Build 2016 expectations: No strategic surprises
As I write this, I’m sitting in San Francisco, waiting for Microsoft’s Build conference to start. The two keynotes on Wednesday and Thursday mornings will be broadcast live on Channel9. This blog post outlines some of the expectations I personally have for Build.
I want to kick off by saying one thing about Satya Nadella and his reign at Microsoft. He has laid out a mission statement (“To empower every person and every organization on the planet to achieve more”) and its key pillars (“Reinvent business productivity and business processes”, “Build the intelligent cloud platform” and “Create more personal computing”), and followed them doggedly. Microsoft’s actions in the last few years have been surprisingly well aligned with this strategy.
From this perspective. I’m not expecting strategic surprises in Build. In fact, I haven’t seen a strategic surprise from Microsoft in a while. Once Microsoft came out with the “Microsoft <3 Linux” message and accepted the fact that Windows is not the only client platform in the future, the path to the future was laid out.
These years, Microsoft is now trying to catch up with the time lost in the Windows-focused land. It is trying to make Azure a cloud for all OSes. It is working hard to support its traditional developer base in the critical transition to a cross-platform client environment. And still, it is doing its best to prepare Windows to thrive in the next generation of computing.
Many found the recent SQL Server for Linux announcement surprising. It was, in a tactical sense: I don’t think anyone was ready to believe Microsoft’s readiness to do such a radical thing to the Windows Server business. Yet, it makes perfect strategic sense, and Satya’s speeches had almost spelled it out in beforehand. We just didn’t dare to read into it.
But that’s not to say there wouldn’t be stuff to wait for at Build.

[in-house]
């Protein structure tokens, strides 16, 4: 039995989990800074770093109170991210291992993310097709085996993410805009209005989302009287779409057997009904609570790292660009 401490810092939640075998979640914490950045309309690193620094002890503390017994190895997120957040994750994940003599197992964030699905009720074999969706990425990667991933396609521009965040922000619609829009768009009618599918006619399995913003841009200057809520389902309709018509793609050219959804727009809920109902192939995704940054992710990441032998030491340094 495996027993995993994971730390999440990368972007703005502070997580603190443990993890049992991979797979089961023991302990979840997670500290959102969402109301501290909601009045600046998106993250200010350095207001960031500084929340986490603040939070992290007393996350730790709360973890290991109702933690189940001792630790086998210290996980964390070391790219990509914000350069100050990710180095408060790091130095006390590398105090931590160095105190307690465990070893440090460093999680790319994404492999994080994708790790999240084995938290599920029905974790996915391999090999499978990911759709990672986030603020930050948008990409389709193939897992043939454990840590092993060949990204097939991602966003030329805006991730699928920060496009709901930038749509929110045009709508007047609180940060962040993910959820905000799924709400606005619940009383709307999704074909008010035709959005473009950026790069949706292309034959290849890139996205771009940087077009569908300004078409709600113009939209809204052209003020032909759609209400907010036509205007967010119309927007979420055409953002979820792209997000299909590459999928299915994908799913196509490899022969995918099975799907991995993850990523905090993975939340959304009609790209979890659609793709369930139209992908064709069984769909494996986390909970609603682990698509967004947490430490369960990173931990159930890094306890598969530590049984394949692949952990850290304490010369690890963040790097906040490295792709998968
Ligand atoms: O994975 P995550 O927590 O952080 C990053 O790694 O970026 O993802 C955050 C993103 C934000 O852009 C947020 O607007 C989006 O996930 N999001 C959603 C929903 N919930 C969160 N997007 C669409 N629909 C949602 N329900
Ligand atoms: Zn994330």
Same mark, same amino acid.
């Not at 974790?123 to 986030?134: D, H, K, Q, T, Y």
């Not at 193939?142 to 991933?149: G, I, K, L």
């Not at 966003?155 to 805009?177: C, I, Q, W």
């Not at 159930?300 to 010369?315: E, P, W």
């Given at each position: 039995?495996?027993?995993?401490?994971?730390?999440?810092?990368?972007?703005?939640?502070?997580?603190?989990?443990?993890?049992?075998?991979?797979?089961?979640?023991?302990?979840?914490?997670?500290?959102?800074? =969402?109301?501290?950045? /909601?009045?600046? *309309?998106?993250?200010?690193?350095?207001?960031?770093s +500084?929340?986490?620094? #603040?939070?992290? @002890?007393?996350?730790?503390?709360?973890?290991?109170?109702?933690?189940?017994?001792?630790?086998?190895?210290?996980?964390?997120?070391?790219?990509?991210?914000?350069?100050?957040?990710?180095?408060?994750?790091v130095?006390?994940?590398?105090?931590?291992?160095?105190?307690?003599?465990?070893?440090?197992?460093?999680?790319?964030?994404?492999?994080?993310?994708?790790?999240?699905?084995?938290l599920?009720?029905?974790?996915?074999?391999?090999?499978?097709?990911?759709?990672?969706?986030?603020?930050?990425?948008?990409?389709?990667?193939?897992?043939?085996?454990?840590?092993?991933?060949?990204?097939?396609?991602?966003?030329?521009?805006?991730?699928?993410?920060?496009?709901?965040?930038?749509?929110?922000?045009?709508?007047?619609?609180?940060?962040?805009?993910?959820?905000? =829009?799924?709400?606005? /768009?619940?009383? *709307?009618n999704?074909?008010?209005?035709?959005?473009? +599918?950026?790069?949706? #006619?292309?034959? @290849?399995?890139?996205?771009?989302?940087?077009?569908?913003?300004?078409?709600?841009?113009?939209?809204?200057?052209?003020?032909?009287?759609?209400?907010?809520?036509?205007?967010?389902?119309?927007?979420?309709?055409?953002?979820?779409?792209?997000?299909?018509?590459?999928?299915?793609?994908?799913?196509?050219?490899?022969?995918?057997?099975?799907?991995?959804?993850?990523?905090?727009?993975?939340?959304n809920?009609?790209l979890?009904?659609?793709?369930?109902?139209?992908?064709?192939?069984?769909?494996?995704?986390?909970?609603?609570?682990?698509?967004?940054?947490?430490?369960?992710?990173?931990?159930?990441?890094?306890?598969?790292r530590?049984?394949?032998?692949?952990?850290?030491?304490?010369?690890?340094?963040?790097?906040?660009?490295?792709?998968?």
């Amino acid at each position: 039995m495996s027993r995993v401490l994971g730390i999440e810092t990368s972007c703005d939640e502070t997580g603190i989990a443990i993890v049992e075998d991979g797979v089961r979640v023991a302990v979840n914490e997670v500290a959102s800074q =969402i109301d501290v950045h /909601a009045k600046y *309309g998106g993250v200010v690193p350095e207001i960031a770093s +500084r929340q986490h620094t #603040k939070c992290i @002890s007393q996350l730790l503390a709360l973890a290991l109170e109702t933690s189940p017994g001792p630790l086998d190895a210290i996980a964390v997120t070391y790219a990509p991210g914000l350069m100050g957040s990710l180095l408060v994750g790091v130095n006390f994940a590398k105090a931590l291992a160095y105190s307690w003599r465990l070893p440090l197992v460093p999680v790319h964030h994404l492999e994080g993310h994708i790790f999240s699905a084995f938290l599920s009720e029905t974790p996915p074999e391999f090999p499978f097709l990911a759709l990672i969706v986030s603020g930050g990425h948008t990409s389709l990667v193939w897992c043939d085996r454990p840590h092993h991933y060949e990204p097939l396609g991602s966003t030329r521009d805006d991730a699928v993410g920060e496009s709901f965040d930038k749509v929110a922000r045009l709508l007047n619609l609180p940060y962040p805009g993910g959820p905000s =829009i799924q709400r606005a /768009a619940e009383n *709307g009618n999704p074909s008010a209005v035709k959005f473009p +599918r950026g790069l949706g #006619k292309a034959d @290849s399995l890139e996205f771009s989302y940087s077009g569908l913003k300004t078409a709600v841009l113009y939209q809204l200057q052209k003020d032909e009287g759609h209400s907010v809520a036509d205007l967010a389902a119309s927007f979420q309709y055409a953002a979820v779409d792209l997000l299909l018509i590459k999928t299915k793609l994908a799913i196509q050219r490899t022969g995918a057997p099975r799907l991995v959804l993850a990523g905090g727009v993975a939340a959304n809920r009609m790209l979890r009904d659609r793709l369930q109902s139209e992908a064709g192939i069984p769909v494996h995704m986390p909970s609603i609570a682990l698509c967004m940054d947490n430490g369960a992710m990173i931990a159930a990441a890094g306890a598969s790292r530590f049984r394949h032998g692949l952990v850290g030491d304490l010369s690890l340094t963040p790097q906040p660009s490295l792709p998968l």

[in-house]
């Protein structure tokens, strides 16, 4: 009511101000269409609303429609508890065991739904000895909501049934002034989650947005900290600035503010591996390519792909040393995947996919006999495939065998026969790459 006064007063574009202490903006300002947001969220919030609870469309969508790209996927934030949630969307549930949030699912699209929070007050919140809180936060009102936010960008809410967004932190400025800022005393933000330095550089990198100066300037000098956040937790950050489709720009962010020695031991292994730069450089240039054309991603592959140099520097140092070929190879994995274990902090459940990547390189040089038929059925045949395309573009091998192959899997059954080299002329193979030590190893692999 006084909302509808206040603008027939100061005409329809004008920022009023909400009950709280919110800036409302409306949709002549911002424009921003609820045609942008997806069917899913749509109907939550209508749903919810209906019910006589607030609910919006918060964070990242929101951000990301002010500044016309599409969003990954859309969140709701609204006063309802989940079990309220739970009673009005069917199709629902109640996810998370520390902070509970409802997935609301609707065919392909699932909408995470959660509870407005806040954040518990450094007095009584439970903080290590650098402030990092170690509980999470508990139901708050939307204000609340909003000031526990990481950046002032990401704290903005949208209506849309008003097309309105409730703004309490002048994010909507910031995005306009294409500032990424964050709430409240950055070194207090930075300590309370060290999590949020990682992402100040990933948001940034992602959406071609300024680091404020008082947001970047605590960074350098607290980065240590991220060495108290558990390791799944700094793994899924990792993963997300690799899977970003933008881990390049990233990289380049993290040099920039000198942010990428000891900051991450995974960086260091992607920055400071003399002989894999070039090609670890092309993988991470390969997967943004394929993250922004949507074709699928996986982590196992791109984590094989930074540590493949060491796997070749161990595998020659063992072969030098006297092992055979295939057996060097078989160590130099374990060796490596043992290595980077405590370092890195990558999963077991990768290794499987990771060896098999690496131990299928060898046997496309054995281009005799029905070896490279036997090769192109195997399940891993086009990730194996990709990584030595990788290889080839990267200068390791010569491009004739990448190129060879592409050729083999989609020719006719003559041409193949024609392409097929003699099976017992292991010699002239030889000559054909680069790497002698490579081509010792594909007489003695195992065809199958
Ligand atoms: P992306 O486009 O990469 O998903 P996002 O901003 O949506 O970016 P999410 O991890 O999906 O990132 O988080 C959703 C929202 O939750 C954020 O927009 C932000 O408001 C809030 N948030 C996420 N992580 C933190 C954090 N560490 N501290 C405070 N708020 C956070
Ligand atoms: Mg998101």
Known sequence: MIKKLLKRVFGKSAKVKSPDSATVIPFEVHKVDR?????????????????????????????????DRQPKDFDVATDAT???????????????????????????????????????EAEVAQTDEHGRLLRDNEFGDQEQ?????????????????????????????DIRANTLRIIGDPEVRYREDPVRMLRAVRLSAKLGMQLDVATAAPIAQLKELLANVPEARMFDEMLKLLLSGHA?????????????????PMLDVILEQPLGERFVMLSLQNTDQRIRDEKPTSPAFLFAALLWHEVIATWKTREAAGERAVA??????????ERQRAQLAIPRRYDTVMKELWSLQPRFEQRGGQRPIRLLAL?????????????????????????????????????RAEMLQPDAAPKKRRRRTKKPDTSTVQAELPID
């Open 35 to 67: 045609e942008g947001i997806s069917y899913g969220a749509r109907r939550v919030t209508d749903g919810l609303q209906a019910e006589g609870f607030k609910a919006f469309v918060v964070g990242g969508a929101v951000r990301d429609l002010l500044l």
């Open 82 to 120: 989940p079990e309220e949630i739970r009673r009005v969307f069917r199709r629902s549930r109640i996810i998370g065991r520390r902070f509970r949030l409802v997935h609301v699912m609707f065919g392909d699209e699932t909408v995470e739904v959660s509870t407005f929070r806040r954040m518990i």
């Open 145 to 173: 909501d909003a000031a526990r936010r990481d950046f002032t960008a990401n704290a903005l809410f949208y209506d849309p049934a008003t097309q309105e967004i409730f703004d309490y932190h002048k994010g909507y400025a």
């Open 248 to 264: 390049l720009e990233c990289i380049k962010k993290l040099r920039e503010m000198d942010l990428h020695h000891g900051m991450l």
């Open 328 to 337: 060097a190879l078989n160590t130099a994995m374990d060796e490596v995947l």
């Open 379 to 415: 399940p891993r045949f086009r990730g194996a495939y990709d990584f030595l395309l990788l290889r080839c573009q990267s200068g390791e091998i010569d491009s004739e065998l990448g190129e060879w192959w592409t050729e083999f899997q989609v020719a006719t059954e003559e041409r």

Six questions about the developer platform
This show will make it clear exactly how far Microsoft is in its plans. My key questions are these:
Is Microsoft able to make Universal apps truly universal by extending the story to Android and iOS? The recent Xamarin acquisition plays a big part in this. How far has Microsoft been able to integrate the Xamarin story? How cheap can they make cross-plat development?
What can Microsoft add to the Windows platform to improve its competitive position? HoloLens is obviously a differentiation point. Continuum is another. Obviously, this isn’t enough to fix the problems for, say, Windows on phones, and few are expecting significant hardware launches at this point. We have the Islandwood bridge for bringing iOS apps to Windows, but we need more to get the app gap fixed. Xamarin acquisition will help in the long term, but is this enough?
What will Microsoft bring to the table regarding intelligent systems? In the Data Driven event a few weeks ago Scott Guthrie recounted the history of Leonardo Fibonacci, who was able to educate the Europeans in basics of arithmetics in two generations, dramatically altering the way business was conducted and the society run. Microsoft claims that the ability for systems to go from data to intelligent decisions will result in a similar change. As multiplication was once the domain of educated clergy, so is data science today. Azure has begun to open up this area with services like Machine Learning, but there’s a lot left to be done.
How will Azure evolve to match what AWS has? Azure has many services with unique capabilities and a real competitive edge. At the same time, AWS has an enormous head start in serving IaaS workloads, particularly for organizations that don’t have an existing Windows-based enterprise infrastructure. Development in this area will have a huge impact on how we write our own code for the cloud. I expect to see talk about containers, Service Fabric and IaaS improvements.
How can Microsoft Graph become useful for mainstream developers? Office 365 has this huge data resource called Microsoft Graph. It allows your apps to access data within the Office 365 suite, ranging from calendar information and email to OneNote notebooks. It’s a real boon for business apps that can rely on it, but can Microsoft sell this story? Will the Office add-ins – or Office-based applications – finally become mainstream?
What’s the next step of developer tooling? There’s a lot to speculate here, because there’s so much ground to cover behind all the preceding questions. Cross-plat and open source will probably be the main themes. I don’t really care about versions anymore – it is the features that make the difference, and they seem to ship rather independently of the major Visual Studio versions or whatever you have.
I look forward to seeing the answers, and will try to blog on the most important ones.